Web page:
Here’s an important reminder as the new ‘church year’ begins for many of our congregations.
International engagement is important ministry, and more transformative when its collaborative. Our organizations look forward to supporting your hopes and dreams. And, we urge you to be thoughtful and careful even in the midst of exciting opportunities.
A Memo: Connecting with Unitarians and UU’s Around the World, CAREFULLY
To: UUA Ministers and Religious Leaders
From: Eric Cherry, UUA International Office
Cathy Cordes, UU Partner Church Council
Jill McAllister and Steve Dick, International Council of Unitarians and Universalists
Date: September 14, 2012
It is so exciting to see the many ways that our UU faith is connecting around the world – so many congregations and ministers are now making a variety of international connections! We are thrilled that UUA churches and individuals are looking beyond their own doors and even beyond their own geographic communities and connecting. The UUA, ICUU, the UUPCC and other organizations stand ready to support your outreach in a variety of ways. We invite you to contact us at any point where we can be helpful. We are writing today to offer some advice based on our joint experience working with UUs here and in other countries.
Much of this new activity is aided with new communication tools that make contact easier and keeping in touch possible. Social media programs such as Skype and Facebook make it easy to learn of possibilities and to meet people over the internet.
Our UU global community is growing both bigger and smaller! Bigger in the sense that people around the world continue to discover our liberal tradition and establish it in their own countries and regions, and smaller in the sense that it is so easy to connect with each other around the world. This gives us reason to both celebrate and pay close attention, for there are good ways to connect, not-so-good ways to connect, and ways to connect which can cause huge problems.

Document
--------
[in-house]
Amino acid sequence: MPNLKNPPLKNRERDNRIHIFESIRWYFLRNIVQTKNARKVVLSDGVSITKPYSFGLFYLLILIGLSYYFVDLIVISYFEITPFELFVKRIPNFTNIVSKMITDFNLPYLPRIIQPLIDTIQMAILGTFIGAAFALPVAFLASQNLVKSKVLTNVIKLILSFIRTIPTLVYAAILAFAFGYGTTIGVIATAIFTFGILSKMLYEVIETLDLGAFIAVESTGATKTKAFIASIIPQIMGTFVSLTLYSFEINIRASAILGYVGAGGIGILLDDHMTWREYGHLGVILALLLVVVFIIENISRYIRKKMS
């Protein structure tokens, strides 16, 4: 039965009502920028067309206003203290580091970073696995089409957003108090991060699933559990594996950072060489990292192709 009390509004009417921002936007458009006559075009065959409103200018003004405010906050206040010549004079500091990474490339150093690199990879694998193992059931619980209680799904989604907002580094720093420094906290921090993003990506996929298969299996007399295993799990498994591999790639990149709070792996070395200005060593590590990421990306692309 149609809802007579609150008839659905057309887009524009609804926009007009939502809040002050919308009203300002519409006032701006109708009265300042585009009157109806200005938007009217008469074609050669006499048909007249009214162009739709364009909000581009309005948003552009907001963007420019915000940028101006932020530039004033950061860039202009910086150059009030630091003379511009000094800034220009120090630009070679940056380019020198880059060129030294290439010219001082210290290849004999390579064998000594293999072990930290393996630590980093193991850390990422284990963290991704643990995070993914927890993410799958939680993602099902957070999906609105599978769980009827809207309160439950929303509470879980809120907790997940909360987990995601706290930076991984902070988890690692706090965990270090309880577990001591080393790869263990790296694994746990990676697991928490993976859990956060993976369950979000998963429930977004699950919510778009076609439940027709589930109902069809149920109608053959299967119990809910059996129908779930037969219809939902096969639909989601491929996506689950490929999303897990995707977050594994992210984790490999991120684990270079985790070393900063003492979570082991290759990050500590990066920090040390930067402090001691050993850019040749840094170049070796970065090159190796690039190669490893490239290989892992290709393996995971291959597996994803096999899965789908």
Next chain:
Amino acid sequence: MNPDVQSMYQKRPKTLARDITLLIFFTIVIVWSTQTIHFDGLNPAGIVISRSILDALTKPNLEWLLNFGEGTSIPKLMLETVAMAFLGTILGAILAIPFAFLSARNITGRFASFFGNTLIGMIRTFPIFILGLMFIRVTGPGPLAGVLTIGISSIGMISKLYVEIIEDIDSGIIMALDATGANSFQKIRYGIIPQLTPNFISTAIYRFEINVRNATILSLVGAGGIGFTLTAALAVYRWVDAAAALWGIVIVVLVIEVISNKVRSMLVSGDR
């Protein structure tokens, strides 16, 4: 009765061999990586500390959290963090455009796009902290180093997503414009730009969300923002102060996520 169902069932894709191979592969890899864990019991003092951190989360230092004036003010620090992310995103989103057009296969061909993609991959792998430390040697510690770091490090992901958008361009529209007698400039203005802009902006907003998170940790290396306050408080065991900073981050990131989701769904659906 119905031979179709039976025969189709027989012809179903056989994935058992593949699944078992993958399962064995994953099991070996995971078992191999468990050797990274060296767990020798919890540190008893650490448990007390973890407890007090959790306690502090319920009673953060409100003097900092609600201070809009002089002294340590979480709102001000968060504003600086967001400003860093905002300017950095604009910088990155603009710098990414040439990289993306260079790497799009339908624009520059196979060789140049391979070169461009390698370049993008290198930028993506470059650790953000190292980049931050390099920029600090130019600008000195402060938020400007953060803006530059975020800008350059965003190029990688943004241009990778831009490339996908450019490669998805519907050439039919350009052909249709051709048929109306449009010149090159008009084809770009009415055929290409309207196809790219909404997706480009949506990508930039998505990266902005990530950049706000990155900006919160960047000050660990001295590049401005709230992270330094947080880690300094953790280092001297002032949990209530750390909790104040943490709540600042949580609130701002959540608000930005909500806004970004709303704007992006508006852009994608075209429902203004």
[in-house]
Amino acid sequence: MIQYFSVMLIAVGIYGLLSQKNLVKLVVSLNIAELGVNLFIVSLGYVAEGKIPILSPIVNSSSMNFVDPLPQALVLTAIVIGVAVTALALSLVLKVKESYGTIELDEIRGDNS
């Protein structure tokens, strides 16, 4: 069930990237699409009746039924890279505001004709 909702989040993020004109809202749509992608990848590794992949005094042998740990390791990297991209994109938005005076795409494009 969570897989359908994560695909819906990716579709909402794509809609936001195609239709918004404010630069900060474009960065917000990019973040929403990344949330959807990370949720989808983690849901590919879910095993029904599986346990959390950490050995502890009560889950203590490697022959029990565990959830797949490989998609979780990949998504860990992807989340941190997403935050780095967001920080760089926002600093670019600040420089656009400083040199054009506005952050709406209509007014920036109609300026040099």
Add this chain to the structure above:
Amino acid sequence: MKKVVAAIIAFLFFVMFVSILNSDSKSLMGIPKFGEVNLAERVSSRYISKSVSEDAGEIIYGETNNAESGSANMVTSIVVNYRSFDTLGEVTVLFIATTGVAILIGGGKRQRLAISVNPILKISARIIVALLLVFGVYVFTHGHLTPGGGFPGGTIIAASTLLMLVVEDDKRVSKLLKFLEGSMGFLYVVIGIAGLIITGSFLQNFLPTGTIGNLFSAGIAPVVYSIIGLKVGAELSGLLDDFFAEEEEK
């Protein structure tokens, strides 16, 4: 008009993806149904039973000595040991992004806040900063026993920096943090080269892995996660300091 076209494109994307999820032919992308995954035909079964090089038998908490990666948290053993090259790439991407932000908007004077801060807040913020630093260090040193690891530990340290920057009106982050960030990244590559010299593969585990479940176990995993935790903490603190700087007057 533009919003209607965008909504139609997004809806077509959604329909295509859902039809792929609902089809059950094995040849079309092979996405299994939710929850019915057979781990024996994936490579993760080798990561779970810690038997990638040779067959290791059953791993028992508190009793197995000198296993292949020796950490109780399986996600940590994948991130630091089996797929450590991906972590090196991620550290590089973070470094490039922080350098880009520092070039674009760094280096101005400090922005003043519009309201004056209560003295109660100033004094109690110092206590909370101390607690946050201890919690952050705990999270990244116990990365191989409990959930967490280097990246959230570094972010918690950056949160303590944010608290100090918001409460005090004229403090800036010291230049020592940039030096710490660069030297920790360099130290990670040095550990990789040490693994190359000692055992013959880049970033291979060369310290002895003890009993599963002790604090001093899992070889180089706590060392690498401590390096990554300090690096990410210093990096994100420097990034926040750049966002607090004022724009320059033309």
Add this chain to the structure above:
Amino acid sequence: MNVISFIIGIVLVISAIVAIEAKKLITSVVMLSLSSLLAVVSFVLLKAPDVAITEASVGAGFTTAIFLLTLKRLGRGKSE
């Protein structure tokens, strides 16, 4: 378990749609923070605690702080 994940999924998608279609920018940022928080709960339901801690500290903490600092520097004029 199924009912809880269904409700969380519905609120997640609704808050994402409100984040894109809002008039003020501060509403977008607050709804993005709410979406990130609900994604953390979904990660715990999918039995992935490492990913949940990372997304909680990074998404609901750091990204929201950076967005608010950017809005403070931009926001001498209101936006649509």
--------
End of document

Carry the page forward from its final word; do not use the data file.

BE VERY CAREFUL when making connections via Facebook and other social media. Before you respond to a Facebook request from someone claiming to be a UU, or a UU minister, contact one of the offices or organizations listed below which specializes in international UU connections, to get more information! Social media enables one to present information in ways that may not be false but also may not be a complete description of reality. (Anyone can take a picture of themselves with a stole on, or lighting a chalice.) Be careful not to assume that you’ve been contacted because you are special, or especially knowledgeable or gifted or whatever. In general, this kind of “Facebooking” is a process of “blanketing” a target audience, or of fishing, hoping to get someone to bite. Do not consider the list of other colleagues who may be listed as friends as references for or as an endorsement of the person. Many of us respond casually to friend requests without verifying or confirming information about a prospective friend.